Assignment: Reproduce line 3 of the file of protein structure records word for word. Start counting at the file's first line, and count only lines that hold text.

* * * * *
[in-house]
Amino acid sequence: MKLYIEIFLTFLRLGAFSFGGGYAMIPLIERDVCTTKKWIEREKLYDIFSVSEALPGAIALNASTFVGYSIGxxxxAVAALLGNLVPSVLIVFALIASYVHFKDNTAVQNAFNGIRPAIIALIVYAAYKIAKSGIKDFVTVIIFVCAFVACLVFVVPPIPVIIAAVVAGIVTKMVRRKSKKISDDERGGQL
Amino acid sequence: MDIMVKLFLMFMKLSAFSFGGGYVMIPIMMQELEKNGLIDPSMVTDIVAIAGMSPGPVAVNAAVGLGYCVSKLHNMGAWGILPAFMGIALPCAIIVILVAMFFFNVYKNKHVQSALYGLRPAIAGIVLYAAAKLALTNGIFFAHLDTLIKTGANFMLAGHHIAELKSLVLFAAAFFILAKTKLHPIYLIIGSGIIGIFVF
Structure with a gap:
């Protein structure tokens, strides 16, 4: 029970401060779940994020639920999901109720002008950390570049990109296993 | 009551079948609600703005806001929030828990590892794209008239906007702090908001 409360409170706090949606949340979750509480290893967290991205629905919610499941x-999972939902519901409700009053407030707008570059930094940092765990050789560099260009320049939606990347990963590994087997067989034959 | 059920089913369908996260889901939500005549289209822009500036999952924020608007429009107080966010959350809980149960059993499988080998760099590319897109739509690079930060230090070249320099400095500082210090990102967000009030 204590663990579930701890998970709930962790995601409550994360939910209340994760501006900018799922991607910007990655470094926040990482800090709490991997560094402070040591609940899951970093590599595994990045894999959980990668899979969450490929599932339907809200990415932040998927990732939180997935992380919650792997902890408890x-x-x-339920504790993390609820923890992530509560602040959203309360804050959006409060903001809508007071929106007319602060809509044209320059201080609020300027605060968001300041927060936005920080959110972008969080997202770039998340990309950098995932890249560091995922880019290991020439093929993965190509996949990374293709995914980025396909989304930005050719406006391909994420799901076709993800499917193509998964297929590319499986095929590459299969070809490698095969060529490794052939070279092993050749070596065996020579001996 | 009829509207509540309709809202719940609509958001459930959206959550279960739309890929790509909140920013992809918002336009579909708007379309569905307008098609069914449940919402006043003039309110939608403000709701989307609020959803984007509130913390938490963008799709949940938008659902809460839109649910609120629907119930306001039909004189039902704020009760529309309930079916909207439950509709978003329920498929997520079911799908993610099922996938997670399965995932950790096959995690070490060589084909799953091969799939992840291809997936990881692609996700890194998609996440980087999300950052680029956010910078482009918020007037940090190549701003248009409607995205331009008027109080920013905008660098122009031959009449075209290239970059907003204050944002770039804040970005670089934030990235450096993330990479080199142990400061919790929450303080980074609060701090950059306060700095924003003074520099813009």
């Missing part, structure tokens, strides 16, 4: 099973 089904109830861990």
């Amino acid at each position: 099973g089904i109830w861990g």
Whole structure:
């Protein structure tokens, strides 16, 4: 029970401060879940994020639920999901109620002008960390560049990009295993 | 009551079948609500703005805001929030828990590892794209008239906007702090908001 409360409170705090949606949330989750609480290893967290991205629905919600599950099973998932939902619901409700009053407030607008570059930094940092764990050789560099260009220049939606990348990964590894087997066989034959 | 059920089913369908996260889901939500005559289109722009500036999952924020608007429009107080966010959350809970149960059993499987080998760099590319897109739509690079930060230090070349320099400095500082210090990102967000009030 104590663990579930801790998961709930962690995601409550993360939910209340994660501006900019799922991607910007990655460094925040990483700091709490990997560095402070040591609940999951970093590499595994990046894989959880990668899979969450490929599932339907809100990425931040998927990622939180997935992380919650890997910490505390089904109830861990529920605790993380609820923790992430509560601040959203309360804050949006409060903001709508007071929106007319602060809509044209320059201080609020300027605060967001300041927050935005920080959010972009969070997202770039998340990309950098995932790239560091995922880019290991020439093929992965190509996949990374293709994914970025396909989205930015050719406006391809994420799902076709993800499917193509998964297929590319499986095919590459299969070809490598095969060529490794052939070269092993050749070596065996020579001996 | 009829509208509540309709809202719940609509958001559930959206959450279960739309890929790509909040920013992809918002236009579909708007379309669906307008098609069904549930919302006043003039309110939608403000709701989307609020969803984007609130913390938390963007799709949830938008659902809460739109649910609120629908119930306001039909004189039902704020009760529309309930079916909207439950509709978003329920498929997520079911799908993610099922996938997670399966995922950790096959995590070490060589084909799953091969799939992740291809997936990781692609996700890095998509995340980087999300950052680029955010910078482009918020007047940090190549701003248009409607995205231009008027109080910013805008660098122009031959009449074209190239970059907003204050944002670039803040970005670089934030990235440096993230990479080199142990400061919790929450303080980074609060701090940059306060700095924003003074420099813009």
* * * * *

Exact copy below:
Amino acid sequence: MDIMVKLFLMFMKLSAFSFGGGYVMIPIMMQELEKNGLIDPSMVTDIVAIAGMSPGPVAVNAAVGLGYCVSKLHNMGAWGILPAFMGIALPCAIIVILVAMFFFNVYKNKHVQSALYGLRPAIAGIVLYAAAKLALTNGIFFAHLDTLIKTGANFMLAGHHIAELKSLVLFAAAFFILAKTKLHPIYLIIGSGIIGIFVF